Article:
reason 1 why i wear my collar to pride

I don’t usually stand out in a crowd.
As a 30 something  balding and bearded cis white male, I dont typically stand out. 

But this morning was different.

This morning I attended a Calgary Pride fundraiser for the amazing Camp Fyrefly,
a summer camp for LGBTQ+ youth.
Now I didn’t stand out because I was cis gendered, there were lots of allies and advocates there.

What made me stand out was what I was wearing:
my clerical collar.

You’ve seen one even if you don’t know it by name.
Its that white piece of plastic priests and ministers like me sometimes wear.   Its not something I usually wear but this morning I very intentionally put it on.

I wore it because I wanted to stand out.

I wanted to stand out because too often,
when someone from the LGBTQ+ community sees a collar,
this collar symbolizing the church and it’s leaders,
they remember a heart-breaking part of their story:

they were told by a preacher they are an abomination,
or how the church they grew up in kicked them out because of who they are, 
or how someone said God could never love someone like them.

Ive heard those stories a lot and I’m thankful for the courage it takes to share them.
But to be honest?
I don’t want anyone else to have to tell that story.

I want a new story to be told because that story doesn’t need to be their story.
It doesn’t need to be their story because there are churches out there,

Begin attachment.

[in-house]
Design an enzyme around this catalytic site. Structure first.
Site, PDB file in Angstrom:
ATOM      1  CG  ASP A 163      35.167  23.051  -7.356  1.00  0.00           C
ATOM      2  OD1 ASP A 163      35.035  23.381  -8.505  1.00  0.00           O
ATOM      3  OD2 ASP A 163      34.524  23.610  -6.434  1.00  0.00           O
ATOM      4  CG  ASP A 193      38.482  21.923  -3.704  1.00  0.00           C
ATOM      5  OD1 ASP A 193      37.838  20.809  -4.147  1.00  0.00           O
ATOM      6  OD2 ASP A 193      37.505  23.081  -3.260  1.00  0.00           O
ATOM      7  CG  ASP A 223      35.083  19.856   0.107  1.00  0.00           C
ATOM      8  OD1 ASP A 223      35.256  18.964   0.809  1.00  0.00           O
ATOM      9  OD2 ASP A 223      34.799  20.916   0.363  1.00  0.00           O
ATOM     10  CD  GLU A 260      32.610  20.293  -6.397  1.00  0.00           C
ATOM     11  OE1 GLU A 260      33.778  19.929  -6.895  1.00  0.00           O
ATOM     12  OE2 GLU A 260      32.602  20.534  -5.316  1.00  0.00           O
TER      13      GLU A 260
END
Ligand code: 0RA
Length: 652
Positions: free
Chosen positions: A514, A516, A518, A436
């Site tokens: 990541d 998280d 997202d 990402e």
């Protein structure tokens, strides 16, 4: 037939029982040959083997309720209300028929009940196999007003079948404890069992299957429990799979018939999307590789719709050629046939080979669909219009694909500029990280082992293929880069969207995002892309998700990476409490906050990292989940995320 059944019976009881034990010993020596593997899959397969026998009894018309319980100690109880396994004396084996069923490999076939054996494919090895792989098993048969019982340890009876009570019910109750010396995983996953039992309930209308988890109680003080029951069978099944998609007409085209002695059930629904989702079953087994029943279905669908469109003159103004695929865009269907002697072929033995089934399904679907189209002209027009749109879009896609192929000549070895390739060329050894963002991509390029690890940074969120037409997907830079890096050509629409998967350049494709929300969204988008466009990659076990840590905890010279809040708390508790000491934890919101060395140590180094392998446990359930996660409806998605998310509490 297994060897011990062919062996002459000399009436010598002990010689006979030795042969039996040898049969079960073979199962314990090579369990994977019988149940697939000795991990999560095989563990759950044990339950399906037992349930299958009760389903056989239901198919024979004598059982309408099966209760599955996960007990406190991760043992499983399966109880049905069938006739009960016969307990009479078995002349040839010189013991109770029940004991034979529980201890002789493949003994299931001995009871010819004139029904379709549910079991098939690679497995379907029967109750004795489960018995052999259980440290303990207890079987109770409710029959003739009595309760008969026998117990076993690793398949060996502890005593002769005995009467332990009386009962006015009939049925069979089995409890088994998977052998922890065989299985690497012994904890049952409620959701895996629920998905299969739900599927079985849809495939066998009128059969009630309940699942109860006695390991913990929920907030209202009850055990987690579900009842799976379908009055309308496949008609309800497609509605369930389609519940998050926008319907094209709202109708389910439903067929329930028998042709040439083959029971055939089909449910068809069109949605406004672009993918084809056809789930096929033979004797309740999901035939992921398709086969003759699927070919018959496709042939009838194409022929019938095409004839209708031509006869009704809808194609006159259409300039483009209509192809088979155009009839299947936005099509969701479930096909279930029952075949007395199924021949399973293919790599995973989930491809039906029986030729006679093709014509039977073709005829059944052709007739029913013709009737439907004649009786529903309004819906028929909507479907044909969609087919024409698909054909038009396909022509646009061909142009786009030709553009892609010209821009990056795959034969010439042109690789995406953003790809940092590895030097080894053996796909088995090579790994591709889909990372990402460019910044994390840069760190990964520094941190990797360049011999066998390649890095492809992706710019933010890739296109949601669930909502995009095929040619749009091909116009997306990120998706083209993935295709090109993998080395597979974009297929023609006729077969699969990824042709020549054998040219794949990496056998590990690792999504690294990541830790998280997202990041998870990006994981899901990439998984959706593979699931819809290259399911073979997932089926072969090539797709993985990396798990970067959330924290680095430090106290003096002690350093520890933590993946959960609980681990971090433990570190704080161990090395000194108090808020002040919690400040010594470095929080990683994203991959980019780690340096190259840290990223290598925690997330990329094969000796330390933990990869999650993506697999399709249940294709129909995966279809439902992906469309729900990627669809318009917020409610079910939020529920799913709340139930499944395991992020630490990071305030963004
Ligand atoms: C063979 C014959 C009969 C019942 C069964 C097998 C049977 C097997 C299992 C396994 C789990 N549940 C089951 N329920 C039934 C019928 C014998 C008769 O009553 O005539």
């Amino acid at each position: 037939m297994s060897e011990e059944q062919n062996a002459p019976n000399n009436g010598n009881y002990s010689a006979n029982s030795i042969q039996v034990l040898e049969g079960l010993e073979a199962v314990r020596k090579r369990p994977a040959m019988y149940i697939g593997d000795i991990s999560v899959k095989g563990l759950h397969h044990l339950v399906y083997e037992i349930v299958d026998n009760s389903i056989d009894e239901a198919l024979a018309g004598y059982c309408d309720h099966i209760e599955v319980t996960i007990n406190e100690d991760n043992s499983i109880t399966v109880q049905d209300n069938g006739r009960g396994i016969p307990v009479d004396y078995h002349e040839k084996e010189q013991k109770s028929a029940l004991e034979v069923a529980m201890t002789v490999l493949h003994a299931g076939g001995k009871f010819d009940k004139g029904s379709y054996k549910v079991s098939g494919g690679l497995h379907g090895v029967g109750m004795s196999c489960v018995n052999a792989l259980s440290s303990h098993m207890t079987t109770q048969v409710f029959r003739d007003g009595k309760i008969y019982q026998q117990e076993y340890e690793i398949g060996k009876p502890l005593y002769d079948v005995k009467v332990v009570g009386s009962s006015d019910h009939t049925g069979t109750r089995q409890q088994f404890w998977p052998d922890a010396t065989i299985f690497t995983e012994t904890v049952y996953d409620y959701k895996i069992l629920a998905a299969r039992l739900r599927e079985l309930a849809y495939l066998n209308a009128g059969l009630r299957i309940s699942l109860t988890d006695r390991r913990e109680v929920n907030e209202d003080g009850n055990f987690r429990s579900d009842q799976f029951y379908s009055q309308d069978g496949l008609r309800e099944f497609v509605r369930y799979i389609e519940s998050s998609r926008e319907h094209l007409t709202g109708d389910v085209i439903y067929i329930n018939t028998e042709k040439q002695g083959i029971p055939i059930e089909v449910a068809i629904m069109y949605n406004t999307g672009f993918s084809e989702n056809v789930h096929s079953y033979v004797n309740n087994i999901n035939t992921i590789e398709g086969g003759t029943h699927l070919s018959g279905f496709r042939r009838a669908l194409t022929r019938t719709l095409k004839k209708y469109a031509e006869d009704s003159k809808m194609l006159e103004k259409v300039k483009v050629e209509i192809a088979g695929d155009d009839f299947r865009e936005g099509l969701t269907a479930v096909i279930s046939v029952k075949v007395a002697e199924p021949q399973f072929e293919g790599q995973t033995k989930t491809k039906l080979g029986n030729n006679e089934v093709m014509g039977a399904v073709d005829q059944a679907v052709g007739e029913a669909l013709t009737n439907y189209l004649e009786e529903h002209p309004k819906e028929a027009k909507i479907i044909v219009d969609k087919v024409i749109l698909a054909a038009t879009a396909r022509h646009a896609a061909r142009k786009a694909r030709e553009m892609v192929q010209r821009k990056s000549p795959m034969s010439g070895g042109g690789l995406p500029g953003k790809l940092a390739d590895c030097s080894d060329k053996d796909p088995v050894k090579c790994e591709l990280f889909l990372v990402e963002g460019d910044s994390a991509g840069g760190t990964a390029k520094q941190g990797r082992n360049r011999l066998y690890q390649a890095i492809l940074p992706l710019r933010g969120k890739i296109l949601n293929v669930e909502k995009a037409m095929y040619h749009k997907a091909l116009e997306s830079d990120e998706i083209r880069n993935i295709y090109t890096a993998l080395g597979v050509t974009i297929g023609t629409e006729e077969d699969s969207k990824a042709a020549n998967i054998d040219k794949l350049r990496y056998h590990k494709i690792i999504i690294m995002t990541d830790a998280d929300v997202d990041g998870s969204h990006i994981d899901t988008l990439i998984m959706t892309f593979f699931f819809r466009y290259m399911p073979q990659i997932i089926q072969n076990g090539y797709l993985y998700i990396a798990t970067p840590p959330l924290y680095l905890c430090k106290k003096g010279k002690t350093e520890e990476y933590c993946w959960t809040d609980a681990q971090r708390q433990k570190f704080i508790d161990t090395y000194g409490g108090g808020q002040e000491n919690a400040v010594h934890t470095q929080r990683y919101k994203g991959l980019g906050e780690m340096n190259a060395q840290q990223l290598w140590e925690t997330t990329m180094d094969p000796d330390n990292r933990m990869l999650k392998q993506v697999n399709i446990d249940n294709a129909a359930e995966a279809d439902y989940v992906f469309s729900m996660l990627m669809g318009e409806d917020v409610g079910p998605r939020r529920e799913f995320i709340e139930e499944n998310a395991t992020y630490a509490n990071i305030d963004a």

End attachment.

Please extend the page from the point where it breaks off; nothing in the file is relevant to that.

synagogues, mosques, and temples too,
that would tell them something very different:

You are beautifully and wonderfully made.
You are affirmed and celebrated here.
God loves you just. as. you. are.

Now thats a story worth telling. Thats the kind of story Id love to hear more of. 

I wore my collar today to apologize on behalf of those churches that have said otherwise,
to let my LGBTQ+ friends know that there are churches and leaders who stand with and for them,
and because of the truth I believe holds the universe together and guides it all forward:

God is love and that Love is big enough for anyone and everyone.

To those of you who are part of a faith community that believes in that kind of extravagant and indiscriminate Love, may you go out and wear it loudly.
May we do what we can to change the narrative from fear and hate to love and peace.

To my LGBTQ+ friends, Happy Pride! Thanks for letting me celebrate alongside you.